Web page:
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From: Joel de Guzman (joel_at_[hidden])
Date: 2005-10-15 19:30:50

Victor A. Wagner Jr. wrote:
> At 20:28 2005-10-14, Joe Gottman wrote:
>>"Joel de Guzman" <joel_at_[hidden]> wrote in message
>>>David Abrahams wrote:
>>>>Joel de Guzman <joel_at_[hidden]> writes:
>>>>>>Rebinding semantics are there _precisely_ and _only_ to solve a problem
>>>>>>posed by nullability.
>>>>>Sorry, I don't buy that.
>>>>Why not?
>>>I think this is again an artifact of the confusion between the
>>>dual interfaces that optional provides. optional has an identity
>>>crisis of being a pointer (as the author's original model) and
>>>a variant<T, nil> (which I suggested later on). The rebinding
>>>behavior that Fernando rationalized was long and winding and
>>>confusing. I don't recall anymore his exact rationale. All I
>>>know is that when you have to explain your design using so much
>>>wordings, then something is wrong, and I don't buy the gobbledegook.
>> Here is an interesting thought experiment. What should std::swap do with
>>optional<X &>? In general, swap(x, y) usually has the same effect as the
>>following code, except for perhaps a stronger exception guarantee and faster
>> Foo temp(x); // Step 1. Assume x and y are of type Foo
>> x = y; // Step 2
>> y = temp; // Step 3
>>That being the case, what would the following code do?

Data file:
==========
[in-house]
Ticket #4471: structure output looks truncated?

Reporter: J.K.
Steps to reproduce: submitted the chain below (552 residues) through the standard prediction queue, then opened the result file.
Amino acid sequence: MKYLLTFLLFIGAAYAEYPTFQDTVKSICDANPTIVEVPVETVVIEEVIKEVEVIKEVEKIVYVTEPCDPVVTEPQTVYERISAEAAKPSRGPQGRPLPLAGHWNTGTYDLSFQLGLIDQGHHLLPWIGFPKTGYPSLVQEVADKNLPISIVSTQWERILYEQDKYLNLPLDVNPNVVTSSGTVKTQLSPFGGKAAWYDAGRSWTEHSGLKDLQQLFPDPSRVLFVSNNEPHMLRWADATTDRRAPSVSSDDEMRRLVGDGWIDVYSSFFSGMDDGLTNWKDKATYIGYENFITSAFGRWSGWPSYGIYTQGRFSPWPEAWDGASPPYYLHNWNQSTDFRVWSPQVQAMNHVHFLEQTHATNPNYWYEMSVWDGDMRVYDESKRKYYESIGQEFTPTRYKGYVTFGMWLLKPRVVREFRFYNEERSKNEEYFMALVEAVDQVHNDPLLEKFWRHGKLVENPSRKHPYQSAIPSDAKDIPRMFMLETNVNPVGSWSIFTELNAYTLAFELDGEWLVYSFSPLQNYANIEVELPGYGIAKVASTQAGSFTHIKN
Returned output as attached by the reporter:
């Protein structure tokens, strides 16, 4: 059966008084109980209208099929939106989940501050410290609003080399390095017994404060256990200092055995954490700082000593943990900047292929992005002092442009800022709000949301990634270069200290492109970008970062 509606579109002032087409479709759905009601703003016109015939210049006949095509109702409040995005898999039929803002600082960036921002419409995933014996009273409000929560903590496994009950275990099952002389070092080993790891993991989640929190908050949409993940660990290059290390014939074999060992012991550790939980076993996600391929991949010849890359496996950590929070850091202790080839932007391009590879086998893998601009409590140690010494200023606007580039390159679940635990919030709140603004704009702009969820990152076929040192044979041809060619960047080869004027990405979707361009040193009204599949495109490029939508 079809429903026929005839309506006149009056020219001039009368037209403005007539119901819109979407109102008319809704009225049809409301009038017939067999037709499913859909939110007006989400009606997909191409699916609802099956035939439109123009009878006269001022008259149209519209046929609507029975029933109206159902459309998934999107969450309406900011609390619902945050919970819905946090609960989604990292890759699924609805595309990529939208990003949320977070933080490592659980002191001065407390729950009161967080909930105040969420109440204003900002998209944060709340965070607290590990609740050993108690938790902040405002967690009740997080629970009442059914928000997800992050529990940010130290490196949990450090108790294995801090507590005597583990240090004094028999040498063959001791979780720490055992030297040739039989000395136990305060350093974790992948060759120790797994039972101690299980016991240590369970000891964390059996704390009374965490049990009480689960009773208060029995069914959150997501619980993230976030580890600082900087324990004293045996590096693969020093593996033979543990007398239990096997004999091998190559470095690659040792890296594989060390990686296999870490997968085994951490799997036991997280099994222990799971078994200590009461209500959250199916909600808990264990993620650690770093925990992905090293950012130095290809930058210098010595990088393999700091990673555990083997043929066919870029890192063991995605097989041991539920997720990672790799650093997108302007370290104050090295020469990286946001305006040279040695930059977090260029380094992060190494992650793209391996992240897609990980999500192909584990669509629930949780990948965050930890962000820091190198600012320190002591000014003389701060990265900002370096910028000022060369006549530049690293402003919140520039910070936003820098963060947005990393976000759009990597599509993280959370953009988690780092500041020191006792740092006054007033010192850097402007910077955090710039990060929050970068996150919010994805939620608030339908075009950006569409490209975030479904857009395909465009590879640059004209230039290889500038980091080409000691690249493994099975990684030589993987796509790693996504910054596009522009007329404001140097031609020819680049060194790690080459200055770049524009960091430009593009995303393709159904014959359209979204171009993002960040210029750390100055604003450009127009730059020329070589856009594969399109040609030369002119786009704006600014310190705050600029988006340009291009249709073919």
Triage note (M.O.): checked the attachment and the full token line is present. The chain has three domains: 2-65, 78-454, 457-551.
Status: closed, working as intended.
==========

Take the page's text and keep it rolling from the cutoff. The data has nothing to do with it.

>> int a = 1;
>> int b = 2;
>> optional<int &> x(a);
>> optional<int &> y(b);
>> swap(x, y);
>> Assume that swap is not specialized for optional, and consider two cases.
>> Case 1: rebind.
>> Step 1 of swap above binds temp to a, step 2 rebinds x to b and step
>>3 rebinds y to a. Thus the end result is that x and y are each rebound to
>>what the other one was pointing to before.
>> Case 2: no rebind.
>> In this case, Step 1 above binds temp to a as before. But step 2
>>results in *x = *y, so a is set equal to b and both a and b now equal 2.
>>Then step 3 results in *y = *temp, so b is set equal to a, but since a and b
>>are already equal due to step 1, there results in no change. Thus the end
>>result is that the original value in a is lost.
>>Of course we would specialize swap for optional<T> to call swap(*x, *y) if
>>both x and y are initialized, but I think the fact that this is not
>>equivalent to the unspecialized version is an argument in favor of the
>>rebind semantics.
> I concur that it's an argument in favor of rebind.

Of course not! Have you read my follow up on tuples doing the
same? Do you mean that tuple<T&> should also have a rebind
semantics because it's not swapping correctly?


Joel de Guzman

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